|PS2, GC, Xbox
|First Person Shooter
|Blood and Gore, Violence
| The Good
Good voice work
| The Bad
Over too fast
Still not using full potential of Geo-Mod technology
Red Faction II picks up roughly 5 years after Red
Faction, with the miner revolt on Mars over, but a new
revolution starting right here on Earth. The government is
led by the dictator-like Chancellor Sopot, who has decreed
that all nano-enhanced soldiers must be destroyed. He succeeds
in his goal, save for 6 soldiers, which include your character,
Alias, and his squad mates, Repta, Quill, Tangier, Shrike
and Molov. With the help of the newly founded Earth-based
Red Faction, you set out on a mission to overthrow Chancellor
Sopot and end his fanatical regime, helping the Red Faction
retake control of the government and give freedom back to
Graphically, this game is quite a bit better than it's predecessor.
Instead of the red, dimly lit corridors of the mines and industrial
complex on Mars, you get to play in city streets, subways,
office buildings, military bases, sewers and a massive cityscape.
Weapon and character models have been improved, and there
are a better variety of enemies to kill this time around.
There are no draw distance problems, even when flying through
the city's skyline or driving down the freeway in a tank.
Weapons have distinct firing bursts, and bullet holes rip
through walls while rockets and grenades take huge chunks
out of them.
Speaking of vehicles, Red Faction II includes 4 vehicles
to destroy things with, although you only get to drive 2 of
them. The tank and fighter jet are driven by your partner
Shrike, while you serve as the gunner. The submarine functions
almost exactly the same as it did in Red Faction, with
only one level devoted to it. By far the most interesting
(and fun) vehicle in Red Faction II is the battle armor.
While in the armor, your jump and crouch buttons serve as
missile and grenade triggers, while your primary and secondary
attacks fire mini-guns. This is surprisingly satisfying, running
down a hallway or street firing all 4 weapons at a time results
in some impressive carnage. Unfortunately, with the exception
of a single level in the fighter jet, the other vehicle levels
are pretty boring, as you are forced down a specific path,
and the entire level is pre-scripted.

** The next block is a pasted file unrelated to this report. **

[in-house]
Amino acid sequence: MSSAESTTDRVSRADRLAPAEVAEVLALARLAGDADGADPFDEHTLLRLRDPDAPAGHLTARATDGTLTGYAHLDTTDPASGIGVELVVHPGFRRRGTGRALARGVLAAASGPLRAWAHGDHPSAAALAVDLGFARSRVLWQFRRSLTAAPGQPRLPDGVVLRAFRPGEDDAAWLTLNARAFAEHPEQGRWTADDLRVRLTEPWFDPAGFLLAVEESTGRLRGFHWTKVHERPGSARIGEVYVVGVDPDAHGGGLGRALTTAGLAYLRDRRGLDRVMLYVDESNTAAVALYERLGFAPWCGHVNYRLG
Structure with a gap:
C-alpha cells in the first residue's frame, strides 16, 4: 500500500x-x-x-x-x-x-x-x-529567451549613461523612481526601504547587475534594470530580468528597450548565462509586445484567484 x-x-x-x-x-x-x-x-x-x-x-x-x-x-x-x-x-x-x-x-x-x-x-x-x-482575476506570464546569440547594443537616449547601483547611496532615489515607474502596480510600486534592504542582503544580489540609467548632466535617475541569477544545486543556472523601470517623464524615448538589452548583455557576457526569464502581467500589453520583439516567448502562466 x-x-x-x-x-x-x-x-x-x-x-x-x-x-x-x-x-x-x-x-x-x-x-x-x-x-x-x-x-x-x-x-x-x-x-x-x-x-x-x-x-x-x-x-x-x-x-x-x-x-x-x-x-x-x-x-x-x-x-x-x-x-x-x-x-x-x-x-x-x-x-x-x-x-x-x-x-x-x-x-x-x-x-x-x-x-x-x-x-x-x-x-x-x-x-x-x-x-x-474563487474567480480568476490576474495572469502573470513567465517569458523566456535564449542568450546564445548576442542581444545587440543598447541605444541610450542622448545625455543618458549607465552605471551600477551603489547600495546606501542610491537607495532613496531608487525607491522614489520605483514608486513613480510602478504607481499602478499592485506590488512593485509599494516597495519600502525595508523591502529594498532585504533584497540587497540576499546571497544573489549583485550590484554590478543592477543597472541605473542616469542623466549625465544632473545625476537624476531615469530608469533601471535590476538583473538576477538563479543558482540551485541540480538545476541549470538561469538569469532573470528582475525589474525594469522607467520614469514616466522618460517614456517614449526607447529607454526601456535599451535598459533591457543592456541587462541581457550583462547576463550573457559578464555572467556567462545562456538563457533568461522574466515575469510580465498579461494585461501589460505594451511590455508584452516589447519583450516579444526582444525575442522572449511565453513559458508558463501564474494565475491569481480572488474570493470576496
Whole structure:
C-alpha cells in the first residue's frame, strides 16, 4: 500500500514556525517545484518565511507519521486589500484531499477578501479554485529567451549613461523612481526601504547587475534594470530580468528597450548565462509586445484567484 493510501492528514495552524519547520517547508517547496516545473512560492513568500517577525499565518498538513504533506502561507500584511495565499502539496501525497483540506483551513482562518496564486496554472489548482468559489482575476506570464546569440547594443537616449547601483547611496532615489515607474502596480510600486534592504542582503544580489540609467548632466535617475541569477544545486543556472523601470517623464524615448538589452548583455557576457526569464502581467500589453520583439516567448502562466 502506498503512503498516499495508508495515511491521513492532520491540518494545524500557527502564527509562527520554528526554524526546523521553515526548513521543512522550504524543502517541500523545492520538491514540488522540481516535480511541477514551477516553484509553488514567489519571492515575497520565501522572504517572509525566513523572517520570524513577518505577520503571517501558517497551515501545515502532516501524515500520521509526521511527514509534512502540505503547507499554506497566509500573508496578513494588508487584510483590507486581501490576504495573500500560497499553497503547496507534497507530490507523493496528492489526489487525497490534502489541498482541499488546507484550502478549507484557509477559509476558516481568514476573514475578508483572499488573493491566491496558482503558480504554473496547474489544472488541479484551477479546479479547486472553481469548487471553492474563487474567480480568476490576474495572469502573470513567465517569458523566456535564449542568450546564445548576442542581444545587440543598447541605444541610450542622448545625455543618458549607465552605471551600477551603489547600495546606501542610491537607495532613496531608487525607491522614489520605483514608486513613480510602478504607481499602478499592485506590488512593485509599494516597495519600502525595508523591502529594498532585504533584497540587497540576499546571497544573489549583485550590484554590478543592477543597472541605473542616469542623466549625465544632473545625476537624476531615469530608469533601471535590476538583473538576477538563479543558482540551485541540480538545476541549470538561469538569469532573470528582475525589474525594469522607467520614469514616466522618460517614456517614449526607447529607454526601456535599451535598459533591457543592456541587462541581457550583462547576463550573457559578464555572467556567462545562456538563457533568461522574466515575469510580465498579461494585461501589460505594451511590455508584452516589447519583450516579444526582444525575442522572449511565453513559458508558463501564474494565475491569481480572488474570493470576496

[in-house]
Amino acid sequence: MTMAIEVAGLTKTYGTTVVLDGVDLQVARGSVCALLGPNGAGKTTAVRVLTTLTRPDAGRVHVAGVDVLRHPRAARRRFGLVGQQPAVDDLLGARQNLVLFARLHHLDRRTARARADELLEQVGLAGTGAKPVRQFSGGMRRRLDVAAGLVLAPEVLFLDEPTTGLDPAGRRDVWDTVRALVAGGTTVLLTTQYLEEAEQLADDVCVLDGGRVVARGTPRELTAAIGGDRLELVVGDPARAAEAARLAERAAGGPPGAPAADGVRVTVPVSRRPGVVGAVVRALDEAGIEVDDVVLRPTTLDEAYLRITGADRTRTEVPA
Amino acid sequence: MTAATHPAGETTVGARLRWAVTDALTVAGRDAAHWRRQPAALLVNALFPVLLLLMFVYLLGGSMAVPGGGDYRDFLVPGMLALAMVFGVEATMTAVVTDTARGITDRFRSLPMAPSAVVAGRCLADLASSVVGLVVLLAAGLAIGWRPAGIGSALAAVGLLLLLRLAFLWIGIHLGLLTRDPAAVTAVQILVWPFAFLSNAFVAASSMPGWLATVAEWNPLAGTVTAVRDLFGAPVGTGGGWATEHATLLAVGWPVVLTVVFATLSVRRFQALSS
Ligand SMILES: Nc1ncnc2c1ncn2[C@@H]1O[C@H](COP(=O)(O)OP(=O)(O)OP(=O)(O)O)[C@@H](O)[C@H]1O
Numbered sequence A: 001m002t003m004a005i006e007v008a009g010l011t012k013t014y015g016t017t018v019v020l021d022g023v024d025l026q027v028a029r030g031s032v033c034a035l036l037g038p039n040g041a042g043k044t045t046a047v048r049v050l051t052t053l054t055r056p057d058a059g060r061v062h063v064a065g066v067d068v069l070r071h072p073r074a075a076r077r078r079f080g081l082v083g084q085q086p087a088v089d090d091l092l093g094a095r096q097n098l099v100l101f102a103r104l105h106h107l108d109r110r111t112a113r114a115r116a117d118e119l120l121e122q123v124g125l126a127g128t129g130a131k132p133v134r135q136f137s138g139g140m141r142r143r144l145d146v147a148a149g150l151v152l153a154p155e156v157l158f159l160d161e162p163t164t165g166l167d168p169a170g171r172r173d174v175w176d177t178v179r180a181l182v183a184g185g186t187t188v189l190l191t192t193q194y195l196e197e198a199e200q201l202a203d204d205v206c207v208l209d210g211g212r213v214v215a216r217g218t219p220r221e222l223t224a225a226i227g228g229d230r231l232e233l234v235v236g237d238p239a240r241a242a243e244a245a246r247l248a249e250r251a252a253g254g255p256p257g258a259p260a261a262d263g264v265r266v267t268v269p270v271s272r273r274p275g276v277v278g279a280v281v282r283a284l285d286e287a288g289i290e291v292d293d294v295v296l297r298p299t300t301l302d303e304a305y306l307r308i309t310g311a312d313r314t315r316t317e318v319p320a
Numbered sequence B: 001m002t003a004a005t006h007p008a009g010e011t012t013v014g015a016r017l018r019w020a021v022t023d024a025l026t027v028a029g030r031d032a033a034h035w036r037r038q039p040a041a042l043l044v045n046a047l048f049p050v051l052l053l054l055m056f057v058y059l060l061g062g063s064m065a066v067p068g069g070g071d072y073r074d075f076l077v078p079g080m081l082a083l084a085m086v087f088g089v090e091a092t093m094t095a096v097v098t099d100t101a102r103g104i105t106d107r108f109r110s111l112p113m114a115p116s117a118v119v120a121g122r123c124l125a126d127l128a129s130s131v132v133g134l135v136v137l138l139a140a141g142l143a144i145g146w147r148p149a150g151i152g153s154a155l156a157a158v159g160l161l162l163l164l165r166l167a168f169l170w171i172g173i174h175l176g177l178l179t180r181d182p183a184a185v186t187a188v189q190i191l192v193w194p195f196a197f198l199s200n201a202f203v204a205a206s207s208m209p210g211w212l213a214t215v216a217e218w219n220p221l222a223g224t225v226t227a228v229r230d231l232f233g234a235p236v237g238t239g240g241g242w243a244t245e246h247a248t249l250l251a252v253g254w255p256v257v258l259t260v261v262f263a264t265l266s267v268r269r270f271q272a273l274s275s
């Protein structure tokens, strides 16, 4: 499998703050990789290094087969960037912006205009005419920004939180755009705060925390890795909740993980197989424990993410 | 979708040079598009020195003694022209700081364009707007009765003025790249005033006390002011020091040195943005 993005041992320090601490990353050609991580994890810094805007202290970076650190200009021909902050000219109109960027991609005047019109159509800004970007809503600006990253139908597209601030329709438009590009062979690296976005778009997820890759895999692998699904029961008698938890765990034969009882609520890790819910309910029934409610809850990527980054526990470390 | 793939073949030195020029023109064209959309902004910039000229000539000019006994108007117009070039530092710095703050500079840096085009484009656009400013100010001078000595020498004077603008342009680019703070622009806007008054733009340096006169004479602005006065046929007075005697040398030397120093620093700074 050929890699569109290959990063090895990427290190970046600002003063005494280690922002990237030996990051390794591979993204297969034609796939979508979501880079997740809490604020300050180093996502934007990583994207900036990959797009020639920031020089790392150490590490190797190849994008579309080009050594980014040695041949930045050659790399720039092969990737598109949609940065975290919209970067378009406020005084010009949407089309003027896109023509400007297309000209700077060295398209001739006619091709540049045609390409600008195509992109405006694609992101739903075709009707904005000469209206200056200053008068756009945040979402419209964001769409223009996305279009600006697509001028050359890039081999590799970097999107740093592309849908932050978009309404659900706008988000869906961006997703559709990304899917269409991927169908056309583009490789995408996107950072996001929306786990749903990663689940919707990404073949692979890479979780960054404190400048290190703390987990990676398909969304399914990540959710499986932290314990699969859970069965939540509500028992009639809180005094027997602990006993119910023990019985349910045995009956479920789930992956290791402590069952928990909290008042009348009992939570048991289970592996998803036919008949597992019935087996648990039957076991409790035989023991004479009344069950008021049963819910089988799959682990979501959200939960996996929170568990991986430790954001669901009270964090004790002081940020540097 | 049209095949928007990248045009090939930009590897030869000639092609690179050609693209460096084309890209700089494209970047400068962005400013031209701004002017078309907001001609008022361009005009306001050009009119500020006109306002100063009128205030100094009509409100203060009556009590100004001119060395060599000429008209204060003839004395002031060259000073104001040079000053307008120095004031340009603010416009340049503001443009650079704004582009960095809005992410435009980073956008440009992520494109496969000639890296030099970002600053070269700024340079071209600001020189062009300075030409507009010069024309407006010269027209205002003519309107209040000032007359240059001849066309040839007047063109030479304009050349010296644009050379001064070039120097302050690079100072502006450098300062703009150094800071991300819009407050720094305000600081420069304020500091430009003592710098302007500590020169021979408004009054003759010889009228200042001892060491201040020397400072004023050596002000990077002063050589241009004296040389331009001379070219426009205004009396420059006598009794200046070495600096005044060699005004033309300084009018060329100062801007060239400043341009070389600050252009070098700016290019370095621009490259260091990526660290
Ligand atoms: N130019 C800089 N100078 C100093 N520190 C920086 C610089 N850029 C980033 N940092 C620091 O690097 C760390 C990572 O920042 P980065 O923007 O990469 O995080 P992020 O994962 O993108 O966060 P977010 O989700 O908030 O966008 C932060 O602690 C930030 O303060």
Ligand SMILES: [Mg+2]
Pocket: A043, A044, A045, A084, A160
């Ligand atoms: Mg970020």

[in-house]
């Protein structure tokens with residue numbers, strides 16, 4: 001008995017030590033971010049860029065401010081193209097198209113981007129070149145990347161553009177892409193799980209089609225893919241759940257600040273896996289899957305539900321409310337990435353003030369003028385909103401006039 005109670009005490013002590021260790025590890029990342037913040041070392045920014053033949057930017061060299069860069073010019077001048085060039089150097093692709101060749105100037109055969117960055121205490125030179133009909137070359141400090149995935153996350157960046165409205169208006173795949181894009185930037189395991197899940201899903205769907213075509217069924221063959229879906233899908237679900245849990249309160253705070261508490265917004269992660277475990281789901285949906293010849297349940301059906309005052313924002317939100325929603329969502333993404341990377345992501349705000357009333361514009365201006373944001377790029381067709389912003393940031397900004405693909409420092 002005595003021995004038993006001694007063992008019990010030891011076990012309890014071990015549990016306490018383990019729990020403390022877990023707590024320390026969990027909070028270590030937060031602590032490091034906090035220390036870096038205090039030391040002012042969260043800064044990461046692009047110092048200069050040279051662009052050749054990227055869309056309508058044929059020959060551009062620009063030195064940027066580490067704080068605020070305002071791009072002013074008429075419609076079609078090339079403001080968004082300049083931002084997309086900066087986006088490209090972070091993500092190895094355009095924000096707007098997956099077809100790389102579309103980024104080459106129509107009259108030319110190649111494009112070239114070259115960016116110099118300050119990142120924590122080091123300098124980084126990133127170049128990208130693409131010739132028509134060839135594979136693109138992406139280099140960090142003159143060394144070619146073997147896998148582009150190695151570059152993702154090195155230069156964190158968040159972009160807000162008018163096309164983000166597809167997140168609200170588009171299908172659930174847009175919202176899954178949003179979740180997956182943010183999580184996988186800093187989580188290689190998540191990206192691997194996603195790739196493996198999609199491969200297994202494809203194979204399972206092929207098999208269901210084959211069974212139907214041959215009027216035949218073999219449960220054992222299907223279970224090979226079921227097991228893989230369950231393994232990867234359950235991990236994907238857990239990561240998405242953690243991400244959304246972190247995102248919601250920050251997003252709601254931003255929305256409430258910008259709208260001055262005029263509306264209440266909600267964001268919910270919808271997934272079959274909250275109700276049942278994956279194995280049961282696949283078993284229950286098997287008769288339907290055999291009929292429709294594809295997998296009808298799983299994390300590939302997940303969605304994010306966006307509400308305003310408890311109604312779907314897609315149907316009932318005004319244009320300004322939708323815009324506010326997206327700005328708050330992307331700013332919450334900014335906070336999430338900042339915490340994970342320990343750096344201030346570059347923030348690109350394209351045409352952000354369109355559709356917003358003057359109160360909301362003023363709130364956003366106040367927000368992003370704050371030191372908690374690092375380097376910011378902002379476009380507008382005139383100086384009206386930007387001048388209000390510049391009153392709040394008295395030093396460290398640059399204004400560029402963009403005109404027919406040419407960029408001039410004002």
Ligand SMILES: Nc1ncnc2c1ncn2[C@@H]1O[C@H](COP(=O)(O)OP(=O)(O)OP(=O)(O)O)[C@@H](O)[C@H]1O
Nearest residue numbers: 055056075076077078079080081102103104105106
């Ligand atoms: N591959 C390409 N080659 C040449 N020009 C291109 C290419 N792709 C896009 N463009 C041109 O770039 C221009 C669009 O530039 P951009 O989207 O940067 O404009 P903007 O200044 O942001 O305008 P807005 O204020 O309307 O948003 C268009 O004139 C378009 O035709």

Audio in Red Faction II isn't particularly spectacular,
but it gets the job done. The weapons all have distinct firing
sounds, and the main characters are well voiced, with Lance
Henrickson as Molov and Jason Statham as Shrike, and the basic
enemies and civilians sound quite good as well. The music
is fairly standard; nothing amazing but nothing that distracts
from the game either. The only problem comes with some of
the weapons; many sound the same, and some sound pretty weak
compared to what their models look like.
The main draw of the Red Faction series has been the
Geo-Mod technology, and while Red Faction II makes
better use of it than Red Faction, it still doesn't
feel like Volition has utilized the full potential of their
creation. You can destroy many more walls and structures this
time around, but there is almost no reason to, as they rarely
lead to anything worthwhile. Also, certain objects are indestructible
due to level design, you often times will blow through a concrete
wall or two, then find a flimsy wooden door that won't budge,
no matter how many rockets you pump into it. There are only
a few levels that make you use the Geo-Mod feature to progress,
and it's always obvious what you need to destroy to move on.
Multiplayer is improved in this sequel, with more levels
and game types than before. Some of the levels from Red
Faction make a return, with some new levels clearly inspired
by Quake and Unreal Tournament. The bots are
as intelligent as you want them to be; set them to the lowest
level and you will walk over them, on the highest setting
you will get your ass handed to you constantly. The game supports
up to 4 human controlled players at a time, with a max of
6 players in a match. This keeps the game running smoothly,
and the frame rate only drops on the rare occasion that all
characters are in the same area, firing explosive weapons.
Control is a breeze in Red Faction II. The analog
sticks are used to aim and move, while the shoulder buttons
control your firing, jumping and crouching. Most weapons have
a primary and secondary fire attack, and a few weapons can
be used 2-handed, with primary fire controlling the right
gun and secondary fire the left. This comes in handy in certain
situations; you can be firing at the enemy with one gun while
reloading the second, causing a constant stream of fire on
your opponent. Or you can unleash both guns at the same time,
pumping your target full of lead and ensuring he stays down.
Unfortunately, not everything about the game is good. While
there is a larger selection of weapons this time around, not
many of them are worth using; you find yourself using the
same 3-4 weapons throughout the entire game. As mentioned
before, with the exception of the battle armor, the vehicles
aren't very well implemented, and the submarine level is frustrating.
Geo-Mod technology still hasn't seen it's full potential,
and the music isn't anything to write home about. Finally,
the game is quite short, on normal difficulty the average
player should be able to finish the game in about 8-10 hours,
with little incentive to play through again.
Overall though, Red Faction II improves enough over
Red Faction that it's worth your time. The levels are
solid, and the enemy AI provides a fair challenge, ramping
up in difficulty as you progress through the game. While Geo-Mod
still could be used better, the places you do use it in the
game are quite fun, and it's great to jump in the battle armor
and lay waste to everything on screen. Fans of the first Red
Faction will enjoy this game, and those who never played
it will find plenty to like as well.
- - Darken Rahl